Answered by Shaykh Jamir Meah
What is the real meaning of servanthood [ubudiyya] and what is the authentic book I need to read to know more about submission?
Thank you for your question.
Submitting to Allah Most High and being pleased with Allah are two necessary sides of faith. One realizes one’s slavehood by realizing one’s absolute neediness of Allah Most High, and recognizing that one’s works, or the acts of others, are only through the Will and Power of Allah.
Islam enters into every aspect of one’s life, inward and outward. One submits to Allah Most High through first following His commands and avoiding His prohibitions, and then increasing and cementing one’s submission through voluntary works and remembering Him at all times. Being grateful in word and deed towards Allah is a sure sign of slavehood. Contemplation on the world around one, including oneself, is part of the process of increasing in faith and knowing one’s Lord.
When the heart and limbs submit in this way, one maintains a balance of hope and fear. One seeks motivation through Him alone, and because such a person experiences love in his heart, he has mercy towards others in creation, following the way of the Prophet (peace and blessing be upon him). In this state being pleased with Allah Most High naturally ensues.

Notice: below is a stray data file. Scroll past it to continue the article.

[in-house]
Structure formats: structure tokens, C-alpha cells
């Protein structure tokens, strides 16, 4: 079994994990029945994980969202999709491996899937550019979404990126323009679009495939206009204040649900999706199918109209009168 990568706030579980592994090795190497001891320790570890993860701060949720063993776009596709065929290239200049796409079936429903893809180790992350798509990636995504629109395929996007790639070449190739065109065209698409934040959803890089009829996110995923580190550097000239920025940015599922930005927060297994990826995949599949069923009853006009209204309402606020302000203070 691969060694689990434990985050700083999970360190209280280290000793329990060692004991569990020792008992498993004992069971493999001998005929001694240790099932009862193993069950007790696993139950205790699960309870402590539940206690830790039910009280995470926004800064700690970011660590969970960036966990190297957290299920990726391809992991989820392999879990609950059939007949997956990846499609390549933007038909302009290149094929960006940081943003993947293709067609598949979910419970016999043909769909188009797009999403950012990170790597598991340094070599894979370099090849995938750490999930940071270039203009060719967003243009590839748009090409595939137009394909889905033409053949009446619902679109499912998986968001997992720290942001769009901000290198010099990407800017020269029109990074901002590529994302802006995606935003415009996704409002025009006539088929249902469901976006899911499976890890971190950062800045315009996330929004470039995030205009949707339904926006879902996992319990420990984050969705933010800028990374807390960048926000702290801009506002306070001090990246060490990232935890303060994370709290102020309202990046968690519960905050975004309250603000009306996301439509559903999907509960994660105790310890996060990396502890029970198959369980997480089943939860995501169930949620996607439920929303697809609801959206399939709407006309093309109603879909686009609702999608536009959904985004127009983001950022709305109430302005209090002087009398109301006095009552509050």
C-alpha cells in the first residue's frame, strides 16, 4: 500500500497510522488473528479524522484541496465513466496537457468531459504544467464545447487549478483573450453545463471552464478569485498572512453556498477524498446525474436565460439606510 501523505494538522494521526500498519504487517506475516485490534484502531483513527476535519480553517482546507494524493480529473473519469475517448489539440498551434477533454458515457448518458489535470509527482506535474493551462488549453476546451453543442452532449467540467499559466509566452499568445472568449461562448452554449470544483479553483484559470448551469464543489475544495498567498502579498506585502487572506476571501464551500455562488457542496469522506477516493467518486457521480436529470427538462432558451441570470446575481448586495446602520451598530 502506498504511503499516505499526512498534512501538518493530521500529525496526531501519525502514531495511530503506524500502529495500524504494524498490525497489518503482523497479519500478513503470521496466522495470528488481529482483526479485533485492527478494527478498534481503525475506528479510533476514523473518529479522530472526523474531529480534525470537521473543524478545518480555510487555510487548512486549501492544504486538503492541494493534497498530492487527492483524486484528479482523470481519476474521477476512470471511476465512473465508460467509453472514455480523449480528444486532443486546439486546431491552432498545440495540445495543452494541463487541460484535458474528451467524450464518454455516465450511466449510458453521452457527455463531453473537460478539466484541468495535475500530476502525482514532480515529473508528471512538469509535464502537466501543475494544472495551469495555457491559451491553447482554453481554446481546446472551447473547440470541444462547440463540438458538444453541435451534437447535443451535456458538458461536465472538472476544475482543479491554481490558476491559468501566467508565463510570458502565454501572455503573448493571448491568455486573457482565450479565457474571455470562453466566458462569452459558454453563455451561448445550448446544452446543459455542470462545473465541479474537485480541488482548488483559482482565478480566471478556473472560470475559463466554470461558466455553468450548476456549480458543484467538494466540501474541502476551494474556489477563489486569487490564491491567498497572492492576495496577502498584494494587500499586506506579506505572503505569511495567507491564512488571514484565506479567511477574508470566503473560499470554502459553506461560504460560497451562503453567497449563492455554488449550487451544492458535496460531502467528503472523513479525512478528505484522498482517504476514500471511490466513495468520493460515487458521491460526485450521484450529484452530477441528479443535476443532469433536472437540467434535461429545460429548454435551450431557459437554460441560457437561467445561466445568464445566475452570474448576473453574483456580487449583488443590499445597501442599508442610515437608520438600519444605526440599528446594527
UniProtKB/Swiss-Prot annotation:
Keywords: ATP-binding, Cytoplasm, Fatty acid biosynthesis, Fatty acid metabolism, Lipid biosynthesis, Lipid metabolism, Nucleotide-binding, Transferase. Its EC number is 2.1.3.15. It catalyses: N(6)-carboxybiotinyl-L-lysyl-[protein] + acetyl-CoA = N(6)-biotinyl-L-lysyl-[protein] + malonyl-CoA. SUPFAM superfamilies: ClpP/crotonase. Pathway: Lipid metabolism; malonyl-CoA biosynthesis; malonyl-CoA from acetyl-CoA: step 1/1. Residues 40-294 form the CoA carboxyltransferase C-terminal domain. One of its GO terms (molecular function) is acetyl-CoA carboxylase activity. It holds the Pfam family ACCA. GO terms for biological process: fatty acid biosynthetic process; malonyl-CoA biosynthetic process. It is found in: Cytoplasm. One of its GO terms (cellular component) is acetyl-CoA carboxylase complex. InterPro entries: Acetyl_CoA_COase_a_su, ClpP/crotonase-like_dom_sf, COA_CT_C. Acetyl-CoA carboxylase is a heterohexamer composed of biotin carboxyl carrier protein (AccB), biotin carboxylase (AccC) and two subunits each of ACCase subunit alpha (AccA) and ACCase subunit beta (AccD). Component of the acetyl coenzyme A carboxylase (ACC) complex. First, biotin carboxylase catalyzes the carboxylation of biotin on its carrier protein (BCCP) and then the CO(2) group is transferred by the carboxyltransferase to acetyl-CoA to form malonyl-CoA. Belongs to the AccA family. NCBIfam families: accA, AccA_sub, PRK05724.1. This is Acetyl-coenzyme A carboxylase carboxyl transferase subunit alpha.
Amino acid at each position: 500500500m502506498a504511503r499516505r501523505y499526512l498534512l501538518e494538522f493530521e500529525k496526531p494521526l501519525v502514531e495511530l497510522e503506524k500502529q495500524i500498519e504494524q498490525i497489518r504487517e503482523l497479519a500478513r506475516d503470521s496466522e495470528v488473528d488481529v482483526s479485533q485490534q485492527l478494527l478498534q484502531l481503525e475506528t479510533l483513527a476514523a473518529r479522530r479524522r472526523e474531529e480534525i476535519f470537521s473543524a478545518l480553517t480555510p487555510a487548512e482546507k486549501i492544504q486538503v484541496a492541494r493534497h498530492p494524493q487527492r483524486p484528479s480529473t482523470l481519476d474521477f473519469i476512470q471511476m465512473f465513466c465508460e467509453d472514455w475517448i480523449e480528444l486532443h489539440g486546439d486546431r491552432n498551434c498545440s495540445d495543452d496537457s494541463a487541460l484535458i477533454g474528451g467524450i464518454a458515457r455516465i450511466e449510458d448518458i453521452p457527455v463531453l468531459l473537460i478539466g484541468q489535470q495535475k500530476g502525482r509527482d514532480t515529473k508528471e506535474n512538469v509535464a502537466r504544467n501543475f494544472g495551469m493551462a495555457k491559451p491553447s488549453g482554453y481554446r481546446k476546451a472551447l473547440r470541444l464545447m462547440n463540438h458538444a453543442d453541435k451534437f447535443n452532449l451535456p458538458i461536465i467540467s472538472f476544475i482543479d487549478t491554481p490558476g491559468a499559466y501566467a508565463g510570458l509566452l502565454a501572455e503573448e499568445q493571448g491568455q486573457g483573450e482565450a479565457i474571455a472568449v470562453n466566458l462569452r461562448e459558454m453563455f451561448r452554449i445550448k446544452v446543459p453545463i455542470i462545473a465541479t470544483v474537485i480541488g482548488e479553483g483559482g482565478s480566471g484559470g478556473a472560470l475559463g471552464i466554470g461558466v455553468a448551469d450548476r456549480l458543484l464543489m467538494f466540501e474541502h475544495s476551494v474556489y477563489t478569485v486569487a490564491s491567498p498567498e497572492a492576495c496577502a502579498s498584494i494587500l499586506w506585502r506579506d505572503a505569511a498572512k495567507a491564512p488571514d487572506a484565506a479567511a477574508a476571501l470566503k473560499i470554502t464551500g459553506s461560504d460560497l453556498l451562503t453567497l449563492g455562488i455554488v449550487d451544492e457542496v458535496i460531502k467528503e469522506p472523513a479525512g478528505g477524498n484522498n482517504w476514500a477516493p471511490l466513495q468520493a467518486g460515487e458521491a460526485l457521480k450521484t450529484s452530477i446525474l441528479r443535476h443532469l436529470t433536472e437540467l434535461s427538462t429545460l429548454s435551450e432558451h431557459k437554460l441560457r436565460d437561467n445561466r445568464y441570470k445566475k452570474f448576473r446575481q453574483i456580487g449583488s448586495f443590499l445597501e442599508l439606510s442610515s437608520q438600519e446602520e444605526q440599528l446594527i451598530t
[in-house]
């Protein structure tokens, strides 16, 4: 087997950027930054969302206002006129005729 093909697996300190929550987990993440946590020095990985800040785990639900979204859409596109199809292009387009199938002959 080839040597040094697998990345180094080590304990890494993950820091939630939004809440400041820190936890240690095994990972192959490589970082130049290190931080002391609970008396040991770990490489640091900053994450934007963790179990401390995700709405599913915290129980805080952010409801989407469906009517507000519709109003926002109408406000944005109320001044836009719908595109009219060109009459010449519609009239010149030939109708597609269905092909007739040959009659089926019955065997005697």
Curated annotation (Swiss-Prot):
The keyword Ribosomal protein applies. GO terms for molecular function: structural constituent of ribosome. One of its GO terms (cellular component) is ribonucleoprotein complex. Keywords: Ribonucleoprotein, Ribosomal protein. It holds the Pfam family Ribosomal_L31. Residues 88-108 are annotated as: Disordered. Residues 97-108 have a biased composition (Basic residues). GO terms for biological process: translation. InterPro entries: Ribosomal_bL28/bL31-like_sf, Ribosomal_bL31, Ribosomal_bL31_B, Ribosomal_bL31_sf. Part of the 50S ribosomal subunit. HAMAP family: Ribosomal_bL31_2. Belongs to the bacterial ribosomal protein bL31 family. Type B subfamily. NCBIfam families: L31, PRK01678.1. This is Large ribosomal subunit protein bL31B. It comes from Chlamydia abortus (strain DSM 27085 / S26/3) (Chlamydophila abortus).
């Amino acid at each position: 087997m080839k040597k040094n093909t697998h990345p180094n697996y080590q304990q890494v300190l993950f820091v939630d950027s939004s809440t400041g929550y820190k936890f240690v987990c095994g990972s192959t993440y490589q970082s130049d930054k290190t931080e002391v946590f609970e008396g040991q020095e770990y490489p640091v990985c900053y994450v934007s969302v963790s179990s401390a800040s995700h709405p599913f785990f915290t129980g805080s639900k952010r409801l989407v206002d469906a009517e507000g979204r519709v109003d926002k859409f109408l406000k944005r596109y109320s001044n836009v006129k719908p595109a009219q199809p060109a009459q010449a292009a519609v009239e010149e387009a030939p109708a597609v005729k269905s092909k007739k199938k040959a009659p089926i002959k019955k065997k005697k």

The best book to read to increase one’s slavehood is the Quran, contemplating on its meaning. One should also read the Sirah of the blessed Prophet (peace and blessing be upon him). Following this, one may read the works of Imam al Ghazali and Imam al Haddad.
Please also refer to:
Lastly, do not have doubts and misgivings about your relationship with Allah Most High. Such doubts are the work of the devil, who wants to severe your relationship with Him by constantly doubting your sincerity and works. Brush these thoughts aside and continue remembering Allah Most high whenever you can and do what you can in His way. We intend and we act and ask Allah to accept it from us, the rest we leave to Allah.
[Shaykh] Jamir Meah
Checked and Approved by Shaykh Faraz Rabbani
Shaykh Jamir Meah grew up in Hampstead, London. In 2007, he traveled to Tarim, Yemen, where he spent nine years studying the Islamic sciences on a one-to-one basis under the foremost scholars of the Ribaat, Tarim, with a main specialization and focus on Shafi’i fiqh. In early 2016, he moved to Amman, Jordan, where he continues advanced studies in a range of Islamic sciences, as well as teaching. Jamir is a qualified homeopath.